To be fair, Emily seems familiar, and sometimes witty, to many American viewers precisely because it is American, not French, and therefore exists in another dimension. It keeps alive a dreamworld that probably came into being during the 1918-1939 interbellum, when American-born artists and writers migrated to Paris in search of inspiration. The members of this Lost Generation – so-called because their values were at odds with the post-World War I context around them – wrote, painted, argued, published, drank, and generally lived a bohemian lifestyle they were unable to find back home. Hemingway, Scott Fitzgerald, T.S. Eliot, and John Dos Passos, among others, contributed to the myth that centered on Montparnasse, an area of the Left Bank renowned at the time for cheap cafés and lodgings. In the first half of the 1920s, the number of Americans in Paris increased five-fold to around 30,000. They rubbed shoulders with then-unknown European luminaries like Modigliani, Picasso, and Dalí. But Paris was not just about struggling artists. Wealthy socialites such as Peggy Guggenheim and Harry Crosby were also drawn by the city’s creative effervescence.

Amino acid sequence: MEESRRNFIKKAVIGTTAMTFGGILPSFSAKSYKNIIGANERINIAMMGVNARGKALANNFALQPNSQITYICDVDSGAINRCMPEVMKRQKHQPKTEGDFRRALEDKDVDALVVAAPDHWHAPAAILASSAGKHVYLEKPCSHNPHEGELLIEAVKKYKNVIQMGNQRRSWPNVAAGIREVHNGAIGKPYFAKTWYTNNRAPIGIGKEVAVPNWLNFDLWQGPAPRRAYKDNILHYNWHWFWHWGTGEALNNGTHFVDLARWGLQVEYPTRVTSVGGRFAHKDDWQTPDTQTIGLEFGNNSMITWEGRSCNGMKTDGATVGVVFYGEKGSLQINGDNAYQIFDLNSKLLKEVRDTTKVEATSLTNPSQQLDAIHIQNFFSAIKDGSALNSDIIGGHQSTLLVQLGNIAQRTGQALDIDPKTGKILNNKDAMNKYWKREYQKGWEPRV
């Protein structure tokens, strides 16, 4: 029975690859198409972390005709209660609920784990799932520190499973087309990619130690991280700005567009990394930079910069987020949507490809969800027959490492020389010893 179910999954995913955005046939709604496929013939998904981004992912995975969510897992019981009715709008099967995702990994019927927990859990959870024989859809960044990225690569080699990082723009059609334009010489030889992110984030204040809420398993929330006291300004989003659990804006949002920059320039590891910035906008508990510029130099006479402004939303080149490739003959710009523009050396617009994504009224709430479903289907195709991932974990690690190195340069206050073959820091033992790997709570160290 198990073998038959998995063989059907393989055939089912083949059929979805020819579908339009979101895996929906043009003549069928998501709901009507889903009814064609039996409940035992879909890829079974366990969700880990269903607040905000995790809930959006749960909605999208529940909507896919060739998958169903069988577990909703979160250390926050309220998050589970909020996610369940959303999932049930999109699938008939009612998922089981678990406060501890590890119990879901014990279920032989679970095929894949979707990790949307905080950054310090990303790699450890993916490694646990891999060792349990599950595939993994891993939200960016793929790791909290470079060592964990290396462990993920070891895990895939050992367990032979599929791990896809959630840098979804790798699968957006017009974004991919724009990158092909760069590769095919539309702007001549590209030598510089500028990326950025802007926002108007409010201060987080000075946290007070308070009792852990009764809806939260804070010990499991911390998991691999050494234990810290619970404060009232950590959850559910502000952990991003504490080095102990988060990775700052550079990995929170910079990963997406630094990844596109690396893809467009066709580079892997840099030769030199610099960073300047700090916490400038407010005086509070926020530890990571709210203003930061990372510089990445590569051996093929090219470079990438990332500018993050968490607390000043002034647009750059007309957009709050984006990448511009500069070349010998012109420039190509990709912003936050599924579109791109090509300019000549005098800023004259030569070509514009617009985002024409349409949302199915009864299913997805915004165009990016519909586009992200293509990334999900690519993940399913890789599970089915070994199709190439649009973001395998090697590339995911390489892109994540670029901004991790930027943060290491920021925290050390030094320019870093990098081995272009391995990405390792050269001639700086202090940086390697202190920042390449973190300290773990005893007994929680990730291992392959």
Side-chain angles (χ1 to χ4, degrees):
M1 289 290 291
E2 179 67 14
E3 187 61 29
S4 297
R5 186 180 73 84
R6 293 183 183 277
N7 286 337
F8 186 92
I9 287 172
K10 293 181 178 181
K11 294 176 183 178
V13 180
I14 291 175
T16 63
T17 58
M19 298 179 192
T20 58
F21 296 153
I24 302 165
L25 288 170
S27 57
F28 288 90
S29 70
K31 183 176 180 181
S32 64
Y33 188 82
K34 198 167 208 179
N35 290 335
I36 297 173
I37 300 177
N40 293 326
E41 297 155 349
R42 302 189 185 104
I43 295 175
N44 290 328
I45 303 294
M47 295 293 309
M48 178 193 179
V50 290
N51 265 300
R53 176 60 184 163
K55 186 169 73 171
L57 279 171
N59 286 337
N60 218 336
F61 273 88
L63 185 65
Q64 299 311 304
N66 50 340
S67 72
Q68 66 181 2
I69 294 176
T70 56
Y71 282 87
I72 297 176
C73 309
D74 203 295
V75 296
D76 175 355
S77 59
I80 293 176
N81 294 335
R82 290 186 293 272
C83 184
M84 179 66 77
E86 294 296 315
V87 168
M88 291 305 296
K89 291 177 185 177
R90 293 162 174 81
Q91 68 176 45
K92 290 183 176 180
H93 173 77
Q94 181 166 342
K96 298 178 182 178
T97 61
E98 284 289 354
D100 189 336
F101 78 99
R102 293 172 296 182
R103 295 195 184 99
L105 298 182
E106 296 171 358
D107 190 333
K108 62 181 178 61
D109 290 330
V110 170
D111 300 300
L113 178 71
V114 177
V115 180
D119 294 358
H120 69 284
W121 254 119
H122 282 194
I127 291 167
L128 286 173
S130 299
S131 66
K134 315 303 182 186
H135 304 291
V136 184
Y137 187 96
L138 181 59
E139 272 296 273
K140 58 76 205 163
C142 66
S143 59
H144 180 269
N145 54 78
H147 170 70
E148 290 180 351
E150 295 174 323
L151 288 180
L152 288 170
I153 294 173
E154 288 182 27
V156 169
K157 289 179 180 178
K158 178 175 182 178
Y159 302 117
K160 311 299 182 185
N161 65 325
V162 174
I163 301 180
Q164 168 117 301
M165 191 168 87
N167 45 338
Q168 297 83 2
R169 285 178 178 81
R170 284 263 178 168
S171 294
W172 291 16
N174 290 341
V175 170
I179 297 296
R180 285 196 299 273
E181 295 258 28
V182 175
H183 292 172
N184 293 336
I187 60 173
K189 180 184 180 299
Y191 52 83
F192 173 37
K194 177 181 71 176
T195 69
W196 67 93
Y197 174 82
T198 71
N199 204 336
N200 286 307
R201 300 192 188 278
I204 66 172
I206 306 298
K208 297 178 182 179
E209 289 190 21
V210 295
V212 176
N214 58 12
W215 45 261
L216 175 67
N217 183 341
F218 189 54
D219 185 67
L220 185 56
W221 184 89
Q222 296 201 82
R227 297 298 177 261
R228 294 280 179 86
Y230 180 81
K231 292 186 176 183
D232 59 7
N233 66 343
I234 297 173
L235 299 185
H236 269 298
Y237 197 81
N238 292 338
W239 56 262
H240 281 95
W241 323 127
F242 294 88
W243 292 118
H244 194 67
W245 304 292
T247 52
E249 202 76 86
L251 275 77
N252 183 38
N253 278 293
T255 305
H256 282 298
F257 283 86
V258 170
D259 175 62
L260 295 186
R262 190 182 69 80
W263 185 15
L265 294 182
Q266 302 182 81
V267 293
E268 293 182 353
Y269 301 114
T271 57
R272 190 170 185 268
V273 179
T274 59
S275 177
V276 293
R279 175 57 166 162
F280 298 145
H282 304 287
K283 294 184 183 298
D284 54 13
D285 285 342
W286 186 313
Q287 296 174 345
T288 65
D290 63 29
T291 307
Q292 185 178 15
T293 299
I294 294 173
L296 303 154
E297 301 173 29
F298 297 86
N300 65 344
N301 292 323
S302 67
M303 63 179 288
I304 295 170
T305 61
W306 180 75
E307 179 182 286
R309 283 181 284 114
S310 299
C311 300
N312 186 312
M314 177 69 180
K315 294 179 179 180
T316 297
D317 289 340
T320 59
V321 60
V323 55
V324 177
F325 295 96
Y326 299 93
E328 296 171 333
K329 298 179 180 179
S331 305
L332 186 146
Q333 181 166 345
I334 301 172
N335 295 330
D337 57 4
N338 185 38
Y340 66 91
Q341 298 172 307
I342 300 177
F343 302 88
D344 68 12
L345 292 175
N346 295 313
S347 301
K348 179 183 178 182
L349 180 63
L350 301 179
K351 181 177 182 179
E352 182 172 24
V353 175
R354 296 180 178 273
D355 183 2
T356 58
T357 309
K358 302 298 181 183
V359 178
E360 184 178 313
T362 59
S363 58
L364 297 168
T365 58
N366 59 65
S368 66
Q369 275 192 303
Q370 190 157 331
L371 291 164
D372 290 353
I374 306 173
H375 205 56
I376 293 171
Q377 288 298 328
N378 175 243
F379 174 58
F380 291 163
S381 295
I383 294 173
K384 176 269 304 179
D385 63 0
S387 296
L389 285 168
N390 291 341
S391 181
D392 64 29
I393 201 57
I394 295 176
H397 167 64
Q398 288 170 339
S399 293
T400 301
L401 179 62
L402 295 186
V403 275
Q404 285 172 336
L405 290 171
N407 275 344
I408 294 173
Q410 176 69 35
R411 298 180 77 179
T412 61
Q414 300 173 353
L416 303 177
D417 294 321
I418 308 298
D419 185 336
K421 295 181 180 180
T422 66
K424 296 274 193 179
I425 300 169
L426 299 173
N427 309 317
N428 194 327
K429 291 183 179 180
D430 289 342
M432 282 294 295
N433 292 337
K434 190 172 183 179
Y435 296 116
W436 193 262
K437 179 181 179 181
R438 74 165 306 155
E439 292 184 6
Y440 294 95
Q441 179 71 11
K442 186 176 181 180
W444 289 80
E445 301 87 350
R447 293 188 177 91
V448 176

The onset of World War II spelled the end of the Montparno myth, but many Americans who crossed the Atlantic during the war chose to stay on in Europe, especially Paris. By then familiar to U.S. moviegoers, the city became the ideally picturesque backdrop, with Gene Kelly dancing across Place de la Concorde (An American in Paris), Fred Astaire and Audrey Hepburn squabbling on the Champs-Elysées (Funny Face), and Leslie Caron dining at Maxim’s (Gigi). These and a legion of other movies created a visual and aural tradition that has been perpetuated with varying degrees of authenticity or good taste – think Moulin Rouge, The Da Vinci Code, and even Mission: Impossible – Fallout. (I make special allowance for Disney’s Ratatouille, especially because it skewers a particularly annoying food critic.) Even a half-decent movie like Before Sunset can’t quite avoid a cliché or three. Fictional depictions of many other cities manage, on the whole, to achieve a fair degree of realism. But not Paris.